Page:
thyroid gland

thyroid gland
a two-lobed endocrine gland, located at the base of the neck that secretes two hormones that regulate the rates of metabolism, growth, and development. Cf. thyroxine, triiodothyronine.

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Endocrine gland in the throat that secretes hormones vital to metabolism and growth.

Secretion of thyroid hormones
mostly thyroxine (T4)
is controlled by thyroid-stimulating hormone (TSH), released by the pituitary gland when the level of thyroid hormones in the blood drops below a certain threshold (see endocrine system). These hormones' primary action in adults is to regulate cellular oxygen consumption (metabolic rate). They also lower blood cholesterol and are necessary for normal growth and development in children. The thyroid also produces calcitonin, a hormone that stimulates deposition of calcium from the blood into the bones, balancing the action of parathyroid hormone. See also goitre; Graves disease; iodine deficiency.

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 endocrine (endocrine system, human) gland that is situated in the throat below the larynx (voice box); the thyroid secretes hormones vital to metabolism and growth. The gland consists of two oblong lobes lying on either side of the trachea (windpipe) and connected by a narrow band of tissue; in normal adults the thyroid gland weighs 10 to 15 grams (0.4 to 0.5 ounce). The lobes of the gland, as well as the band, consist of numerous tiny sacks called follicles. The shell of each follicle consists of a single layer of cells wrapped in a thin membrane, and each follicle is surrounded by many blood capillaries. The space inside the follicle is filled with a viscous fluid called colloid, which contains mostly thyroglobulin, the storage form of thyroid hormone.

      There are actually two thyroid hormones, thyroxine (T4, or tetraiodothyronine) and triiodothyronine (T3). Their structure is identical, except that thyroxine has four iodine atoms and triiodothyronine has three. Under normal conditions, the thyroid produces more thyroxine than triiodothyronine. The raw materials needed to form thyroid hormone are iodine and the amino acid tyrosine, both of which are normally found in a person's diet. The iodine is actively taken up from the plasma by thyroid cells, in which it is incorporated into tyrosine molecules within molecules of thyroglobulin. The two hormones are formed by condensation of two iodinated tyrosine molecules within the thyroglobulin, and the thyroglobulin and incorporated thyroid hormone are stored in the colloid. The thyroglobulin is reabsorbed into the thyroid cells and then broken down into its constituent parts; this frees thyroxine and triiodothyronine for release into the bloodstream, to be distributed throughout the body.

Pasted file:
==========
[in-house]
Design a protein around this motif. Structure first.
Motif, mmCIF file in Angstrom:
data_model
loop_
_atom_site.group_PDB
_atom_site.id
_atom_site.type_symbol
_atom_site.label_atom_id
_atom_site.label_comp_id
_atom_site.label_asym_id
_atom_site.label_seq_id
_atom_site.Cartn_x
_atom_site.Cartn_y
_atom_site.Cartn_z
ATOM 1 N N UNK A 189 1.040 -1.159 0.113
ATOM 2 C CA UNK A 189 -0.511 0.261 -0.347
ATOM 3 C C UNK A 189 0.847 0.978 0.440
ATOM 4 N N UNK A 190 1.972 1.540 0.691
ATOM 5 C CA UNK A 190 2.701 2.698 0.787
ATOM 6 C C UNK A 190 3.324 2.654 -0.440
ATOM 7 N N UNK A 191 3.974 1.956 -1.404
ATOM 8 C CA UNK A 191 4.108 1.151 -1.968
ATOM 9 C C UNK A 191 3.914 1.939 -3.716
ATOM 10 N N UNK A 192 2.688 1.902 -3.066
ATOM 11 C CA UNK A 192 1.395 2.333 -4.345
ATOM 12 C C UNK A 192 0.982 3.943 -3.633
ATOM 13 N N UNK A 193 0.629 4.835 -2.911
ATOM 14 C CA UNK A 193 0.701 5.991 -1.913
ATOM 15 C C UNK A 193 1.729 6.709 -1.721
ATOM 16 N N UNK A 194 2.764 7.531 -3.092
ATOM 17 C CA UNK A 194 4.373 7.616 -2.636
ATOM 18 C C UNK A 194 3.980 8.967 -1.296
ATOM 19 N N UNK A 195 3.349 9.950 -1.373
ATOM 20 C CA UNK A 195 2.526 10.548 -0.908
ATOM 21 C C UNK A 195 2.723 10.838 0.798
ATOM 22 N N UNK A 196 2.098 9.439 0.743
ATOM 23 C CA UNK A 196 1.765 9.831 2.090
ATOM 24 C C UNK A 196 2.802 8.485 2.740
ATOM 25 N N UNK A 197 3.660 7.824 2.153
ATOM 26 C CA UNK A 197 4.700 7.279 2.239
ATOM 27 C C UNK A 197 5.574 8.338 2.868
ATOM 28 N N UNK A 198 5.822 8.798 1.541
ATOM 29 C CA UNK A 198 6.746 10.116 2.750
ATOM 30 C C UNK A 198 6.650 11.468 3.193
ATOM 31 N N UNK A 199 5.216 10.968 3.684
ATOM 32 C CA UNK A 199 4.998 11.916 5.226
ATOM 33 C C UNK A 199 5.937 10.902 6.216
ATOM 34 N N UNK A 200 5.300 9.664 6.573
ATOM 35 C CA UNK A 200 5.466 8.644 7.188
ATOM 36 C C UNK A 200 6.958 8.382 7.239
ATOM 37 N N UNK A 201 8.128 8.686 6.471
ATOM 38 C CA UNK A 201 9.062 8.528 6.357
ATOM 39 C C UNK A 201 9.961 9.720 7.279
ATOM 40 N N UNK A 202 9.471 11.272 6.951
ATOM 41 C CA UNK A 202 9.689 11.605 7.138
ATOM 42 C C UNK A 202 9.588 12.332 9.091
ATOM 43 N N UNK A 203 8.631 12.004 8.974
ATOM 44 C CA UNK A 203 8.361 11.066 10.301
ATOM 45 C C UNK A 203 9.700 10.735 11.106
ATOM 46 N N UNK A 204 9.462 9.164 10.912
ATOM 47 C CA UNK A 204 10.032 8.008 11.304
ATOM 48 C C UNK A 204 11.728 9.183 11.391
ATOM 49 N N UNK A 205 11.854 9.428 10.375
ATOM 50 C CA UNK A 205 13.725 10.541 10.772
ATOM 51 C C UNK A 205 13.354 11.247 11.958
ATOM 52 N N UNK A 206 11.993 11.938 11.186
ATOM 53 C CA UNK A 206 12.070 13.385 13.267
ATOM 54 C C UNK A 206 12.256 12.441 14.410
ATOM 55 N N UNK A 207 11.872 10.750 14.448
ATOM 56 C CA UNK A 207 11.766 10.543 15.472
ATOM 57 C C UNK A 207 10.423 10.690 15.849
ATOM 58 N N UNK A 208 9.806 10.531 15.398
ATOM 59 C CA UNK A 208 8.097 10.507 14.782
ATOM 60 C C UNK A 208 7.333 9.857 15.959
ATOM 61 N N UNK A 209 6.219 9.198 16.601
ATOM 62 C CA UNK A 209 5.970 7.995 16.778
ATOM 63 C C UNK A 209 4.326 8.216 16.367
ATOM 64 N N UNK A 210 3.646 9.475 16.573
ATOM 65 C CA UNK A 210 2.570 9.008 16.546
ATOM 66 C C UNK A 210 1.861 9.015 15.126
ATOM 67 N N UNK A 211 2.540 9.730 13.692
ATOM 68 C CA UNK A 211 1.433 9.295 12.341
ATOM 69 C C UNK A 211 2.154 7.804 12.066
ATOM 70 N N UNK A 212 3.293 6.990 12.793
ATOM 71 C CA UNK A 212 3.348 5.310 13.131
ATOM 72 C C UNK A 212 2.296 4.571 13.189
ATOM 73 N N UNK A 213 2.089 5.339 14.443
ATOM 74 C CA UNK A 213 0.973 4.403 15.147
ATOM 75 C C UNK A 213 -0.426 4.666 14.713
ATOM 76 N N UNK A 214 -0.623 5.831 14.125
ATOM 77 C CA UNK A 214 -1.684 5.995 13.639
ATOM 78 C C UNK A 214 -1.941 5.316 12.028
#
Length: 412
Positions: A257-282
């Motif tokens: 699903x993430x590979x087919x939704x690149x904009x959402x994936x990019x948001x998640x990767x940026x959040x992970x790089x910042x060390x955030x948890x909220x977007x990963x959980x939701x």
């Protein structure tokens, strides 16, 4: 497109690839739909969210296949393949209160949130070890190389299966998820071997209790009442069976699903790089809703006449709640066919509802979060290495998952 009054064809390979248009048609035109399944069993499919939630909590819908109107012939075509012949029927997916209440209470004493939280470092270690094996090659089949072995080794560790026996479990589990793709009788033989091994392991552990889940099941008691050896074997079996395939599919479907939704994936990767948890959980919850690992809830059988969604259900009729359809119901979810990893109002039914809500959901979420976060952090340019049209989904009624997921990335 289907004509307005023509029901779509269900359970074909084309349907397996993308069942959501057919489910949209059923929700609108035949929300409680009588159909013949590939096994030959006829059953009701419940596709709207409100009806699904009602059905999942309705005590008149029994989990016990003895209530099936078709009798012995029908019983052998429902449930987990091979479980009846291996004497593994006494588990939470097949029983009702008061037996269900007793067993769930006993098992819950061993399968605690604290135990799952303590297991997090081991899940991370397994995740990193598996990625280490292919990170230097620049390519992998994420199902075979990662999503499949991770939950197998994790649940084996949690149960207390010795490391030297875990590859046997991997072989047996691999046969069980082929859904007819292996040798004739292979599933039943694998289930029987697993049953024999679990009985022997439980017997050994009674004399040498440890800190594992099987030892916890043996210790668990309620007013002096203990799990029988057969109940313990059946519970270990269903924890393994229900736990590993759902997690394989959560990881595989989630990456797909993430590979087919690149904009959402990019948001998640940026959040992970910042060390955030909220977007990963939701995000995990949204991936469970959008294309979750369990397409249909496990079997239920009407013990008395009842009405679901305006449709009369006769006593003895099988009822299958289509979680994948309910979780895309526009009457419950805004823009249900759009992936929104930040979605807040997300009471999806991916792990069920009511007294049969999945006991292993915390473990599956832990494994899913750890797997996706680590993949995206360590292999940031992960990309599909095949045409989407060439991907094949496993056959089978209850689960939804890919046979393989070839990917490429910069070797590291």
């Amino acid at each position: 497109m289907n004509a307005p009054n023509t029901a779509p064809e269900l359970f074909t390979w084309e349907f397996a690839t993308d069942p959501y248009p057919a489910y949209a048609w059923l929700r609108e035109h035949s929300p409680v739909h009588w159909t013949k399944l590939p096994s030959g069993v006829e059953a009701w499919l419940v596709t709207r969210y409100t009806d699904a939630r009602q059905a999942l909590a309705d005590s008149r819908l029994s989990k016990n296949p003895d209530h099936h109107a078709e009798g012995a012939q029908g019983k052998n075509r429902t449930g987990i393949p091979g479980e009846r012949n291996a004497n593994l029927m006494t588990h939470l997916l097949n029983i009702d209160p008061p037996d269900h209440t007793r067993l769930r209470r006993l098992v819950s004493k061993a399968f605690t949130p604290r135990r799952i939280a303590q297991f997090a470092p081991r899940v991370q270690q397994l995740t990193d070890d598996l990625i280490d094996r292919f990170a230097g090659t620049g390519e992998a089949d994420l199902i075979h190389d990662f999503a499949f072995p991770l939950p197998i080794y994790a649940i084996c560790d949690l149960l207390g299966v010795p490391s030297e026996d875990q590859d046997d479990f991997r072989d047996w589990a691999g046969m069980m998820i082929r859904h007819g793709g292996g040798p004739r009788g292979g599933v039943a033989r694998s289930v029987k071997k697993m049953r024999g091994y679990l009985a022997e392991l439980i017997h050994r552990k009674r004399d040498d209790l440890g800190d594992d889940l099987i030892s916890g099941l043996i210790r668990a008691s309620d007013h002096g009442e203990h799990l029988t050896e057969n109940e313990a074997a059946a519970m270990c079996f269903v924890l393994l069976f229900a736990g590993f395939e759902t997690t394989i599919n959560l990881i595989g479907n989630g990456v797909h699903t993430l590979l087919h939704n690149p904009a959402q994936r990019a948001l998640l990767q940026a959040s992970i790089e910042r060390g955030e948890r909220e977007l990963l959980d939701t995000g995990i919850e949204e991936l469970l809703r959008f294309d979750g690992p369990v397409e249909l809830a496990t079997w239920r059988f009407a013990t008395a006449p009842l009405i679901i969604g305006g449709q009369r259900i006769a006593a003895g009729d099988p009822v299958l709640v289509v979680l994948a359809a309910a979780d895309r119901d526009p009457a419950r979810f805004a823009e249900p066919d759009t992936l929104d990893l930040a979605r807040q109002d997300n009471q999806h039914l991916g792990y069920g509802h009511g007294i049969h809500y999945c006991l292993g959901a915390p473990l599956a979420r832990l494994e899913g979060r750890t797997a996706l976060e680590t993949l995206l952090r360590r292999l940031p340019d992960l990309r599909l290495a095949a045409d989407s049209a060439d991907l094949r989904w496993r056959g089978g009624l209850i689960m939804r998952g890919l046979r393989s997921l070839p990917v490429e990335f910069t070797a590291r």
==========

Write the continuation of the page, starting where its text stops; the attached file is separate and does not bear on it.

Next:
The two thyroid hormones have many actions. One of the most important is to regulate the metabolism of nutrients and the consumption of oxygen in cells (i.e., the metabolic rate of tissues). The hormones also stimulate the contraction of heart muscle and increase heart rate, stimulate nerve function, and increase the utilization of cholesterol and other nutrients. They are also necessary for normal growth and brain development in fetuses and infants; in both the unborn and the newborn, thyroid deficiency is associated with dwarfism and mental retardation.

      The synthesis and secretion of thyroxine and triiodothyronine are regulated by thyrotropin (thyroid-stimulating hormone, or TSH), which is produced in the anterior pituitary gland. Under normal conditions, the level of thyroid hormone production is closely controlled by thyrotropin, and vice versa. Therefore, small increases or decreases in thyroid hormone secretion lead to decreases or increases, respectively, in thyrotropin secretion, so that the level of thyroid hormone in the blood serum (serum) is kept within a narrow range.

      The most common thyroid disease is thyroid nodular disease (the appearance of small, usually benign lumps within an otherwise healthy gland), followed by hypothyroidism (production of too little thyroid hormone), hyperthyroidism (production of excess thyroid hormone), and thyroid cancer.

 The thyroid gland is also the site of the production of calcitonin, a hormone that can lower serum calcium concentrations. The cells that produce calcitonin, which are called C cells or parafollicular cells, arise separately from the thyroid and migrate into it during development of the embryo. (In some animals the C cells remain separate from the thyroid.) Calcitonin is secreted in response to high serum calcium concentrations, and it lowers the concentrations acutely by inhibiting the resorption of bone. However, its action wanes within days, so calcitonin therapy is not an effective treatment for high calcium levels.

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Universalium. 2010.

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